Perch fishing good – Perch fishing was very good over the last week or so at about every body of water in Northwest Michigan.
Burt Lake has the very best reports, but there were folks out catching perch on Lake Charlevoix, Walloon Lake, Charlevoix’s Round Lake, Mullett Lake and even Lake Michigan off Charlevoix. While a majority of the outdoor set seems to be enjoying the hunting right now rather than the fishing, those that are fishing are doing very well indeed.
Dave at Young’s in Alanson reports fishing is “great” and this is a guy who is normally very conservative. He raves about the monster perch that everyone is catching and there are tales of stringers so impressive that folks are having some of the fish mounted.
Dave says while most of the anglers are concentrating on Burt Lake right now, those few fishing Pickerel Lake and Crooked Lake are also doing well on perch and walleyes. When I was out on Crooked Lake recently (and catching a few walleyes), I chatted with a fellow anglers who had caught some really nice perch there, including one more than 14 inches.
Larry at Pat and Gary’s in Indian River says the fishing is good on both Burt and Mullett Lake. Anglers are getting quite a few perch and walleyes on minnows. Larry says one of the good spots on Mullett Lake is the south end. On Burt Lake, the action is apparently all over that big lake, but the area around Colonial Point and the mouth of the Crooked River is the usual hot spot for perch at this time of the fall.
Tom at Tom’s Tackle in East Jordan confirms anglers are catching perch on Charlevoix’s Round Lake (there were three boats anchored right in the middle of it on Saturday), but states the anglers fishing there are catching mostly small perch and quite a few gobies. Tom reports there are steelhead up in the Jordan River now and anglers are catching them there and also at the mouth of the river, off the docks.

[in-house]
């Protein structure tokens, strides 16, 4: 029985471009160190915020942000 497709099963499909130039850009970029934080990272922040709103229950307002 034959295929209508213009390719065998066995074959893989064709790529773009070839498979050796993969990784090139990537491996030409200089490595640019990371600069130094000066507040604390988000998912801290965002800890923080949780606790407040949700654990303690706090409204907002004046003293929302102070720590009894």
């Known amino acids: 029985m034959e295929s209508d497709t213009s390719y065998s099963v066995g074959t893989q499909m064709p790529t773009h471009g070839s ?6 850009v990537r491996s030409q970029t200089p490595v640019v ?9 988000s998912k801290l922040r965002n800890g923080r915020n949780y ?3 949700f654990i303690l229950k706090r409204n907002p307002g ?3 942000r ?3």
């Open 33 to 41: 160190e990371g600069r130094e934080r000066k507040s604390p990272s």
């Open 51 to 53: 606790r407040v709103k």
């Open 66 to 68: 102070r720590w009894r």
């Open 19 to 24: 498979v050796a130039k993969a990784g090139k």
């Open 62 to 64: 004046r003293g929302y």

Over in Boyne City, Flo at the Boyne River Bait Company reports the best perch fishing around seems to be at Burt Lake, but anglers are getting some on Lake Charlevoix. Some steelhead are being caught up in the Boyne River.
The fall turkey season is still open and it will remain open until Nov. 14, the day before the firearm deer season opens. The duck season is open in this part of the state now and it will remain open until Dec. 11.
Duck hunters are doing fairly well, although there really aren’t many migrants in this area yet, so most of the action involves local mallards and teal. There are a few divers in the area now but expect a lot more to arrive with each cold front.
The goose season in this part of the state will reopen on Thanksgiving Day, Nov. 24, and remain open through Dec. 5. The short woodcock season closed yesterday, but the grouse season remains open, closing briefly for the firearm deer season and then reopening to endure through Jan. 1.
Hunters are getting primed and ready for the opening of the firearm deer season next Tuesday, on the traditional Nov. 15. While the mid-week opener will attract fewer hunters than a weekend start, few serious deer hunters miss the opener no matter what day of the week it starts. It will be difficult to find a plumber, electrician or carpenter next Tuesday and there is likely to be a real rash of sickness striking schools and businesses.
While communities in this part of the state won’t feel the real rush of the army in orange since we have so little public land, there will still be a lot of extra folks in the area as hunters arrive to hunt with friends or relatives on private land. Restaurants, retail stores and gas stations in the area will all benefit from the extra activity.
Experienced deer hunters will be sure to get their licenses early and avoid the last-minute rush that is sure to occur on Nov. 14.
George Rowe may be contacted at 547-4138, or firstname.lastname@example.org.